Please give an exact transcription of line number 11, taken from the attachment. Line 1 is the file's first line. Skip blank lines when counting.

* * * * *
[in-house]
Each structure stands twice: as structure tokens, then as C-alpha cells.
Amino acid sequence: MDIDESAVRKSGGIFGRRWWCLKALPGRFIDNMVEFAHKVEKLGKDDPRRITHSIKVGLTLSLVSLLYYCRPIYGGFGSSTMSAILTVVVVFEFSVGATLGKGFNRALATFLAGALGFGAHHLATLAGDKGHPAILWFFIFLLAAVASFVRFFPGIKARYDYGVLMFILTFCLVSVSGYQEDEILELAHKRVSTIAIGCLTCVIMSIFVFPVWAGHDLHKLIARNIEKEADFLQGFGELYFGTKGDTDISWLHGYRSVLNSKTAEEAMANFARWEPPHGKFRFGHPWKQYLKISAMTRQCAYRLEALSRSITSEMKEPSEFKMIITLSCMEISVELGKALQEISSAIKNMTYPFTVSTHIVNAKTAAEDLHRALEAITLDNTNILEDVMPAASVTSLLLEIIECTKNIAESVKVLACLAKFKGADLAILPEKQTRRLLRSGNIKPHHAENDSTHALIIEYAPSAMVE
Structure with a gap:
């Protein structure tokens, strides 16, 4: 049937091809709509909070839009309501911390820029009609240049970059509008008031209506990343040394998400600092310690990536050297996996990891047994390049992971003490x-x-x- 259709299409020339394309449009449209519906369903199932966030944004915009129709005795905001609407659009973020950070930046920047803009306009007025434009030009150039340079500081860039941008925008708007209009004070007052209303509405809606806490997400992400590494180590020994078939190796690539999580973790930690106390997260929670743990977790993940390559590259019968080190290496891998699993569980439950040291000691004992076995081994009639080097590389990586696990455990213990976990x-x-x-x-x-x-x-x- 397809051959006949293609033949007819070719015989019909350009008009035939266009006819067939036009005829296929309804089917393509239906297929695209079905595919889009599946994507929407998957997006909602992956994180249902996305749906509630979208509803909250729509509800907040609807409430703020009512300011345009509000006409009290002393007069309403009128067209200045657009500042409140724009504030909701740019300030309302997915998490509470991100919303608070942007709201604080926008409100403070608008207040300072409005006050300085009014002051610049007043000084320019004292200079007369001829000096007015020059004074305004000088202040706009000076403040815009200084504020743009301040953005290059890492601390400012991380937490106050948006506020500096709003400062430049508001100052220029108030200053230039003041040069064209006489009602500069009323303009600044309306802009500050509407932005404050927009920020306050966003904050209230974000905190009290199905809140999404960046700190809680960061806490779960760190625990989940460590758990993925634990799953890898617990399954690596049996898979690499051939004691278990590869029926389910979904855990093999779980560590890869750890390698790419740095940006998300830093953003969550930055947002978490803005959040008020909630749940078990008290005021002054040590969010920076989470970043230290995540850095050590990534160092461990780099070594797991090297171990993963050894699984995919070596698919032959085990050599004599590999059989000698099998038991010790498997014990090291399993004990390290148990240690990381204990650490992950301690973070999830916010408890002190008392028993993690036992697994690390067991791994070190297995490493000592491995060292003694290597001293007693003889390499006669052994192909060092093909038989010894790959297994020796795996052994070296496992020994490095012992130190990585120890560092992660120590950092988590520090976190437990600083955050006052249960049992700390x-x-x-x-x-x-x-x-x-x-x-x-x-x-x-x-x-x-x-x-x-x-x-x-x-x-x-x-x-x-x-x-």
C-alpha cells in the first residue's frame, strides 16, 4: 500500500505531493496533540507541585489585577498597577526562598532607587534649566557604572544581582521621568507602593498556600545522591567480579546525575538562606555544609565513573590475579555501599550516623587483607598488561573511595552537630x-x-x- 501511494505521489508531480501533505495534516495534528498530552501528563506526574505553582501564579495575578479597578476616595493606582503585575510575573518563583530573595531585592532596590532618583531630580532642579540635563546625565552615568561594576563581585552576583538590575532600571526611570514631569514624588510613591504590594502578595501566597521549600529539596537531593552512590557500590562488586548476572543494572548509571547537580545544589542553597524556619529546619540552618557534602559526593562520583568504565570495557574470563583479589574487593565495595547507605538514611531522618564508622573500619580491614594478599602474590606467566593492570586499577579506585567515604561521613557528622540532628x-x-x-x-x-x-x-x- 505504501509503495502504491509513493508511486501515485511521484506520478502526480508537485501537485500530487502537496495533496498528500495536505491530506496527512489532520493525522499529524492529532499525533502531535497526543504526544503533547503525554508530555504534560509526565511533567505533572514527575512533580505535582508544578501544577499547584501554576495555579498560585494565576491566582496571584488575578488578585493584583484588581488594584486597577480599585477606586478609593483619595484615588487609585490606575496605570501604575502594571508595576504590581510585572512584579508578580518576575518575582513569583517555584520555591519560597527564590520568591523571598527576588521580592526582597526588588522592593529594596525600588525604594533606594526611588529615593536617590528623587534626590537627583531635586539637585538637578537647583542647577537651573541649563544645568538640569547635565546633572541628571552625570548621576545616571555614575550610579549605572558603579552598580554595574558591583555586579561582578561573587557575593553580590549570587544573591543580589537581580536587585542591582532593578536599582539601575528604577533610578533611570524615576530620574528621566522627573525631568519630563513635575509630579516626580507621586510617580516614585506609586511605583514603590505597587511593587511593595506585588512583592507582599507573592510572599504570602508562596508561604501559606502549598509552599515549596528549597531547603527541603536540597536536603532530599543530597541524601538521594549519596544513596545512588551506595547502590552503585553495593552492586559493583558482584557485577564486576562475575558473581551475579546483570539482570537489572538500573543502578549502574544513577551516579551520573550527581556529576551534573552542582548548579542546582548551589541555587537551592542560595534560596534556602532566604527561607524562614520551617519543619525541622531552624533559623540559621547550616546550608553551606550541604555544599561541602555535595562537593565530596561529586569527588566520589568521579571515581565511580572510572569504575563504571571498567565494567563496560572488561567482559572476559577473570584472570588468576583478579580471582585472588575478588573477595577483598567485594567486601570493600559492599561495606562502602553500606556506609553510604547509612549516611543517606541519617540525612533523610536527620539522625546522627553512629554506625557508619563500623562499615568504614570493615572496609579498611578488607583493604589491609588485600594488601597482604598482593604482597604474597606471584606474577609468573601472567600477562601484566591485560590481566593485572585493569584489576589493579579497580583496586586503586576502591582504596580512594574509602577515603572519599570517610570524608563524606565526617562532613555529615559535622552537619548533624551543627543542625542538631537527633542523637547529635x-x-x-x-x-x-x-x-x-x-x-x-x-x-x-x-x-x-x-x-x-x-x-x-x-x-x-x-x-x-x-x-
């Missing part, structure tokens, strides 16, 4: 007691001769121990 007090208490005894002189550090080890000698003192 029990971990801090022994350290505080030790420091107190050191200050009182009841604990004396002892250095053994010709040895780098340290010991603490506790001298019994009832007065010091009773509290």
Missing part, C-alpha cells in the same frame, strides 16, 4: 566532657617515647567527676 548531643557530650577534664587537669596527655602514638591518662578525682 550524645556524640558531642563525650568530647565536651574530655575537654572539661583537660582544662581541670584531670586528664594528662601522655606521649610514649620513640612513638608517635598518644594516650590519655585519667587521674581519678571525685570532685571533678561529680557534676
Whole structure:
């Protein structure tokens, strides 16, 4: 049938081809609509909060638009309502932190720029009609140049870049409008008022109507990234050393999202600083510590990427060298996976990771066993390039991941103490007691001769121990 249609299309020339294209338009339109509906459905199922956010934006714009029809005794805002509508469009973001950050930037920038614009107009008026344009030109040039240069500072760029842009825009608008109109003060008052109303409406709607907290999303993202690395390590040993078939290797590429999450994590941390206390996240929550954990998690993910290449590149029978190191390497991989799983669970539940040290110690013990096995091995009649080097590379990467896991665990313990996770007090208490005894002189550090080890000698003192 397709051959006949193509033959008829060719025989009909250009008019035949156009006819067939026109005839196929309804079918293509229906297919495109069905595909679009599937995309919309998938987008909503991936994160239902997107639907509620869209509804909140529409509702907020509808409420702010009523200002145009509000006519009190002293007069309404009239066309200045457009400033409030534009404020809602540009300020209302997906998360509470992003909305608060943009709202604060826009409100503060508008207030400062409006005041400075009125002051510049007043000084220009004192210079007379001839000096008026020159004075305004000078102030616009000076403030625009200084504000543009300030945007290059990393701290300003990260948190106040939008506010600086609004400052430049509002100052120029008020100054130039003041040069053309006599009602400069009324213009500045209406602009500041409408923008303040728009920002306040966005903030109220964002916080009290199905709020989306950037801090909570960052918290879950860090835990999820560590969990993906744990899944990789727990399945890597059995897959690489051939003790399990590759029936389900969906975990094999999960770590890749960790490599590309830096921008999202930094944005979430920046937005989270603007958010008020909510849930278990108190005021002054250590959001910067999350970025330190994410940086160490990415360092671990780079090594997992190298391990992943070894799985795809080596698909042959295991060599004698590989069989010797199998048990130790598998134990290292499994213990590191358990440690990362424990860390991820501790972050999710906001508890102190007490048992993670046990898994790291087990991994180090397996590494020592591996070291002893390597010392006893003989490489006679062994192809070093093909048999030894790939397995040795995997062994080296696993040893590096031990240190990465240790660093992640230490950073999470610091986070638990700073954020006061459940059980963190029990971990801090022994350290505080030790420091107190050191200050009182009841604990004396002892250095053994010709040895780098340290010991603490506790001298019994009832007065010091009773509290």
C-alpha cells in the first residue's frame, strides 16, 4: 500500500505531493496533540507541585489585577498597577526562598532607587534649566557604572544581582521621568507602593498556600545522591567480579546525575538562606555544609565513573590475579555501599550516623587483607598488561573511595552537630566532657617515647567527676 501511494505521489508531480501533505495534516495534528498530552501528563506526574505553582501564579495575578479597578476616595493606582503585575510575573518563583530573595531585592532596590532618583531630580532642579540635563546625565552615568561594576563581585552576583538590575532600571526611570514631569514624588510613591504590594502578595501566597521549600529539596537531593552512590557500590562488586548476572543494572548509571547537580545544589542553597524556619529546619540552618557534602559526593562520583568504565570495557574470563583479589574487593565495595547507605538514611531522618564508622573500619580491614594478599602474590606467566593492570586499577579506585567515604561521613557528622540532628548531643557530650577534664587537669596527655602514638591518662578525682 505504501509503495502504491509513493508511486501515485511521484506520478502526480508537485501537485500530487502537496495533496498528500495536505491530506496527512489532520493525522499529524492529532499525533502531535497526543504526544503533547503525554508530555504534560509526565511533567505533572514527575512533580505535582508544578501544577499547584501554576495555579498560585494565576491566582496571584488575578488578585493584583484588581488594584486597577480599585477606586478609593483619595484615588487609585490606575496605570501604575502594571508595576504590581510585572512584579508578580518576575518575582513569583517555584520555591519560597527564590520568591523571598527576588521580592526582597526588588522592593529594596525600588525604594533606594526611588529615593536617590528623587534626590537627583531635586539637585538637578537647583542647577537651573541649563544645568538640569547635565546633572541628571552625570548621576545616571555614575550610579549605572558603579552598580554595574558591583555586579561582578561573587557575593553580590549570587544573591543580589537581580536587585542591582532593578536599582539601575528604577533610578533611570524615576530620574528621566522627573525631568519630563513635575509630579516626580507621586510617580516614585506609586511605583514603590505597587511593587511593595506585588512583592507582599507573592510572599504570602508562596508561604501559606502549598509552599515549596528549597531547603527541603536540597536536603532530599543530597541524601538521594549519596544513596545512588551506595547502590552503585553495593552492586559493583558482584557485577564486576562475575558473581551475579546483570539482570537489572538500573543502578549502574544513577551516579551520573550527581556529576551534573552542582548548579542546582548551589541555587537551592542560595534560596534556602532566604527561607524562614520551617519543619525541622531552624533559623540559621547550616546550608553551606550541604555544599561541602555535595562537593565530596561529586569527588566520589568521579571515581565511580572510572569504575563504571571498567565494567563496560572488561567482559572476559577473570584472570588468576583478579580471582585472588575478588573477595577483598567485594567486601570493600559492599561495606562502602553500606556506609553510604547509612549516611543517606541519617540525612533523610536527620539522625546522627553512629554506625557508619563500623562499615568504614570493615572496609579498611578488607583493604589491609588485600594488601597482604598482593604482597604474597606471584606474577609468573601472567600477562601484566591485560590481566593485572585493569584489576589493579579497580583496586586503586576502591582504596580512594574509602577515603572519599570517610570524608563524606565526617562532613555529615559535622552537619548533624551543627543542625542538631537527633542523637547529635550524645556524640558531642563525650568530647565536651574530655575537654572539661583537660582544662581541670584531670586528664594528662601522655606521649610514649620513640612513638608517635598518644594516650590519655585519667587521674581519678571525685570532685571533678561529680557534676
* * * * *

C-alpha cells in the first residue's frame, strides 16, 4: 500500500505531493496533540507541585489585577498597577526562598532607587534649566557604572544581582521621568507602593498556600545522591567480579546525575538562606555544609565513573590475579555501599550516623587483607598488561573511595552537630566532657617515647567527676 501511494505521489508531480501533505495534516495534528498530552501528563506526574505553582501564579495575578479597578476616595493606582503585575510575573518563583530573595531585592532596590532618583531630580532642579540635563546625565552615568561594576563581585552576583538590575532600571526611570514631569514624588510613591504590594502578595501566597521549600529539596537531593552512590557500590562488586548476572543494572548509571547537580545544589542553597524556619529546619540552618557534602559526593562520583568504565570495557574470563583479589574487593565495595547507605538514611531522618564508622573500619580491614594478599602474590606467566593492570586499577579506585567515604561521613557528622540532628548531643557530650577534664587537669596527655602514638591518662578525682 505504501509503495502504491509513493508511486501515485511521484506520478502526480508537485501537485500530487502537496495533496498528500495536505491530506496527512489532520493525522499529524492529532499525533502531535497526543504526544503533547503525554508530555504534560509526565511533567505533572514527575512533580505535582508544578501544577499547584501554576495555579498560585494565576491566582496571584488575578488578585493584583484588581488594584486597577480599585477606586478609593483619595484615588487609585490606575496605570501604575502594571508595576504590581510585572512584579508578580518576575518575582513569583517555584520555591519560597527564590520568591523571598527576588521580592526582597526588588522592593529594596525600588525604594533606594526611588529615593536617590528623587534626590537627583531635586539637585538637578537647583542647577537651573541649563544645568538640569547635565546633572541628571552625570548621576545616571555614575550610579549605572558603579552598580554595574558591583555586579561582578561573587557575593553580590549570587544573591543580589537581580536587585542591582532593578536599582539601575528604577533610578533611570524615576530620574528621566522627573525631568519630563513635575509630579516626580507621586510617580516614585506609586511605583514603590505597587511593587511593595506585588512583592507582599507573592510572599504570602508562596508561604501559606502549598509552599515549596528549597531547603527541603536540597536536603532530599543530597541524601538521594549519596544513596545512588551506595547502590552503585553495593552492586559493583558482584557485577564486576562475575558473581551475579546483570539482570537489572538500573543502578549502574544513577551516579551520573550527581556529576551534573552542582548548579542546582548551589541555587537551592542560595534560596534556602532566604527561607524562614520551617519543619525541622531552624533559623540559621547550616546550608553551606550541604555544599561541602555535595562537593565530596561529586569527588566520589568521579571515581565511580572510572569504575563504571571498567565494567563496560572488561567482559572476559577473570584472570588468576583478579580471582585472588575478588573477595577483598567485594567486601570493600559492599561495606562502602553500606556506609553510604547509612549516611543517606541519617540525612533523610536527620539522625546522627553512629554506625557508619563500623562499615568504614570493615572496609579498611578488607583493604589491609588485600594488601597482604598482593604482597604474597606471584606474577609468573601472567600477562601484566591485560590481566593485572585493569584489576589493579579497580583496586586503586576502591582504596580512594574509602577515603572519599570517610570524608563524606565526617562532613555529615559535622552537619548533624551543627543542625542538631537527633542523637547529635550524645556524640558531642563525650568530647565536651574530655575537654572539661583537660582544662581541670584531670586528664594528662601522655606521649610514649620513640612513638608517635598518644594516650590519655585519667587521674581519678571525685570532685571533678561529680557534676